Your Ice Melter Guide
A couple of weeks ago I posted a story about tips for snow shoveling. I've found that applying ice melter is a good companion to clearing off sidewalks and driveways.
Too bad this isn't about the Beatles song, "Here Comes the Sun." The snow is on the way with crazy cold temperatures due for Friday. So you know, whatever falls from the sky is going to flash freeze to ice.
Here's what you need to know.
First, there are some downsides about ice melter.
Most ice melters will turn snow and ice into a salty brine that may damage grass along your walkway. The major problem for me is most of these products are not pet friendly. Tracked inside your house, most melters can wreak havoc on carpets and floors.
It's recommended that magnesium chloride is the safest, and also very effective. It will not harm pets and plants.
The most common ice melters are sodium chloride (plain old rock salt), calcium chloride, and, the pet and plant friendly magnesium chloride.
Here's what you need to do.
First, pre-treat the pavement before the storm hits. This way you'll need less deicer to throw down after you shovel.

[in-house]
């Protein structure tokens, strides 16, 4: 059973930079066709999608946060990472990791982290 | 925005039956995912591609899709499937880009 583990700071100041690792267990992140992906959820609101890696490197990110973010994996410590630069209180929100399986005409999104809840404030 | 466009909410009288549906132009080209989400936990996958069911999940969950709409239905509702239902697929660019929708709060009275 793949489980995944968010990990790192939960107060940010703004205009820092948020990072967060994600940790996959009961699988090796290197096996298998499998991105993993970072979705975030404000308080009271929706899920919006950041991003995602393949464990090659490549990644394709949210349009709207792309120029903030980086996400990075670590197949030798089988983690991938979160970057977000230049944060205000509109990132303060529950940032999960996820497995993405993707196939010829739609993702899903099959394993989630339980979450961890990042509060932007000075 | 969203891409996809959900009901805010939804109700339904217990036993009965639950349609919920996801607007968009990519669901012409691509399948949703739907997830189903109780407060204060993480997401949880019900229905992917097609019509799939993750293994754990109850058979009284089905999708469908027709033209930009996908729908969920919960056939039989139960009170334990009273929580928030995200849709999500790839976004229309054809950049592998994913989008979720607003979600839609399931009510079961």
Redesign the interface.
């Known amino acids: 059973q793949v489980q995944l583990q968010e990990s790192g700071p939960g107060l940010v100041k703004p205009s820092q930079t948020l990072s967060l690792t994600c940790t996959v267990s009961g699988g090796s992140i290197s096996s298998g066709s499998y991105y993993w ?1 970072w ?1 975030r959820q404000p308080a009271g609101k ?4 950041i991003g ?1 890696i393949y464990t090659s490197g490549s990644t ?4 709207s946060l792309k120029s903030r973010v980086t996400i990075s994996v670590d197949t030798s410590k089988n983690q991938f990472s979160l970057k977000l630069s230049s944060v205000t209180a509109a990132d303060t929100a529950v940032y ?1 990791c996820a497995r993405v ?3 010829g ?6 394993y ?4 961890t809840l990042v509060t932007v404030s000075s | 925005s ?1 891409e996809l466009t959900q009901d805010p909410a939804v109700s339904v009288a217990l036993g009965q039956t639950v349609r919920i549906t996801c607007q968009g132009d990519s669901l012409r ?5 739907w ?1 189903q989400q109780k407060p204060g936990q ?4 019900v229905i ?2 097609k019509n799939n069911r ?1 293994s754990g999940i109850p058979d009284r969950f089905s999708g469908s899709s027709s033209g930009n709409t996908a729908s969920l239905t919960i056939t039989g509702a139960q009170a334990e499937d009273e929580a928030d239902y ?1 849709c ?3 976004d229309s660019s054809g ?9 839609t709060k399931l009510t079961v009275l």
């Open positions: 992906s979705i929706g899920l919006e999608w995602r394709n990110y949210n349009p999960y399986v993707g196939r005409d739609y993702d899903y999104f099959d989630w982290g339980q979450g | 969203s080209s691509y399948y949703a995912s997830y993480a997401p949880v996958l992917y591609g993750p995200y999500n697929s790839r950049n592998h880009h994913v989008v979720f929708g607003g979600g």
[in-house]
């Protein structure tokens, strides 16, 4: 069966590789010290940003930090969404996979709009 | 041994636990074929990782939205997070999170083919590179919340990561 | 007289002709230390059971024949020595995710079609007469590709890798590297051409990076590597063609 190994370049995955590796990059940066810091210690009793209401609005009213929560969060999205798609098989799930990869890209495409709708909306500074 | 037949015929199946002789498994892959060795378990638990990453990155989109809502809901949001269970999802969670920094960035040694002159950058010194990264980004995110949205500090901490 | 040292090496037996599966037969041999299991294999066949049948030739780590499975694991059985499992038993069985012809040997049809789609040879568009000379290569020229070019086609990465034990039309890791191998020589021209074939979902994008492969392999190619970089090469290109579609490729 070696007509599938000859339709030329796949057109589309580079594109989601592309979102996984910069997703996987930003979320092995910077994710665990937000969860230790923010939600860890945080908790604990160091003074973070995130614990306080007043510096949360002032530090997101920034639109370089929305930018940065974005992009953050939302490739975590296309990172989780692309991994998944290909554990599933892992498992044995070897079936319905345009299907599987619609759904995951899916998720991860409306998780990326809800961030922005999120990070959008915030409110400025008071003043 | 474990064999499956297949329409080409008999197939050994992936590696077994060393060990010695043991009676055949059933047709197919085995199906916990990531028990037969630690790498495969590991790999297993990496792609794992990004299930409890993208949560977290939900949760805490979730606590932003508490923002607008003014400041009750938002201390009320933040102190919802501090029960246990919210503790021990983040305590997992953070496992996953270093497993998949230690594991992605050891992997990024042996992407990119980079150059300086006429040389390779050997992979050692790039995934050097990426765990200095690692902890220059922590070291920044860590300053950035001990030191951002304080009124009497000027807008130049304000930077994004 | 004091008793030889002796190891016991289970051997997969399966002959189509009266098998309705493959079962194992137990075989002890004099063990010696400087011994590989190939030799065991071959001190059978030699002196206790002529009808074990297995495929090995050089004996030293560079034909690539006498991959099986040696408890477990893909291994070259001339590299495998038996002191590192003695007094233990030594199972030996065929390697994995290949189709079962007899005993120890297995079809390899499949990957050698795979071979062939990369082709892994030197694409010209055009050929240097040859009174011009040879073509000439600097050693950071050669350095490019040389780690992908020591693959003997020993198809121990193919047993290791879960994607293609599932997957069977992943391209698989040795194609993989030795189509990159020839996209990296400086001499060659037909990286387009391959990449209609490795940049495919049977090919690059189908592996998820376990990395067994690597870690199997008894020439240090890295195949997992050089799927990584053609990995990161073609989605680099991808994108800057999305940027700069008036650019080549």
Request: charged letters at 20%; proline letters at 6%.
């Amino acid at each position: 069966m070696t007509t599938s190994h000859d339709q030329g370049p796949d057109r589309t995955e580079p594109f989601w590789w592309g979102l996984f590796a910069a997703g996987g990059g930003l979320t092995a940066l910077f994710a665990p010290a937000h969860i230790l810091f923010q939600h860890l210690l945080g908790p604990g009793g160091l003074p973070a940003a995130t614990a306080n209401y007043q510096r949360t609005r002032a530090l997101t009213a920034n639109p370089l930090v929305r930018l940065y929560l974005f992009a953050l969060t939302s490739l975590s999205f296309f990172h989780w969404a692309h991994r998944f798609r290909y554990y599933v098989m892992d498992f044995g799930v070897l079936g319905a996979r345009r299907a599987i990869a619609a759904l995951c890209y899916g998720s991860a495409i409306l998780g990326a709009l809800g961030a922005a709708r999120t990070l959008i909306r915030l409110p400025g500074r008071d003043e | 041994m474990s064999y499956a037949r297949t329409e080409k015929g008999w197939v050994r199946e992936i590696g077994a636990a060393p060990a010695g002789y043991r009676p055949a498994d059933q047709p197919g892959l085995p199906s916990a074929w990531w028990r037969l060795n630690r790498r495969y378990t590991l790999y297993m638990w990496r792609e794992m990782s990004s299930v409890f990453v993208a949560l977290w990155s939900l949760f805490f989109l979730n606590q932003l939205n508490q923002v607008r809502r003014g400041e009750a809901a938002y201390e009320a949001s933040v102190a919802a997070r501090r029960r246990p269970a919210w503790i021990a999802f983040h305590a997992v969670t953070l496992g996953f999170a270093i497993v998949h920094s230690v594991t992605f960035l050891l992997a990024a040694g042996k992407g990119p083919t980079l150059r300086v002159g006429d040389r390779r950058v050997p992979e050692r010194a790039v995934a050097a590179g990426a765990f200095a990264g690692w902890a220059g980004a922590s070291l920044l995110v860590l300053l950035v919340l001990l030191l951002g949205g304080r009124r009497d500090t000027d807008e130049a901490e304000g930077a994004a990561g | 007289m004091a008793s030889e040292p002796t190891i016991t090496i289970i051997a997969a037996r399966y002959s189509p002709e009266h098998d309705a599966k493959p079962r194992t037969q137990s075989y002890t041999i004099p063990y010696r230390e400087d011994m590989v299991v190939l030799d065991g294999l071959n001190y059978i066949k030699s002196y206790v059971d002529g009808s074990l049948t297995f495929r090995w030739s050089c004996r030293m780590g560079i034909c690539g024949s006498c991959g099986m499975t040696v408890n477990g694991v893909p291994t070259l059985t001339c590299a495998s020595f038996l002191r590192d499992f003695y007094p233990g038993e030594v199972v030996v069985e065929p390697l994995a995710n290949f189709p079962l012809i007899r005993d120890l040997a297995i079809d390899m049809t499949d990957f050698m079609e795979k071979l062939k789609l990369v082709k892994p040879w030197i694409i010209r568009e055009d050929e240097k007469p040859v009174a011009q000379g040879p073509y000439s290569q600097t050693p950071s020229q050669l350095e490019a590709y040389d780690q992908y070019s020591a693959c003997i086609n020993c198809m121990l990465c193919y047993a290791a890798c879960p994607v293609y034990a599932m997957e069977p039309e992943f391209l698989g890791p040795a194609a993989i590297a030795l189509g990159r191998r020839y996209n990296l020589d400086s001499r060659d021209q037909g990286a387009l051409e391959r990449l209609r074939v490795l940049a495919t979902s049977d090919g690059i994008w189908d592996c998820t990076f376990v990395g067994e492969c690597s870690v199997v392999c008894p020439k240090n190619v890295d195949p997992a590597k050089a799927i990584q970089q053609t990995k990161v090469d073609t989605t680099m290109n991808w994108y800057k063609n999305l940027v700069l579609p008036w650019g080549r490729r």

Here are the most common options.
Sodium chloride (rock salt). It's the most inexpensive. It's not good for the environment or pets and is not effective for temperatures below 15 degrees.
For super cold weather it's calcium chloride. It works to minus 15 degrees. A fifty pound bag will cost about twenty dollars.
And there's a magnesium product that's fairly new on the market. It's environmentally friendly. It's the most expensive of the choices, running about thirty dollars for a fifty pound bag.
I hope this will make life a bit easier for you as we start the new year.
OH, and by the way, have a very happy and healthy 2014!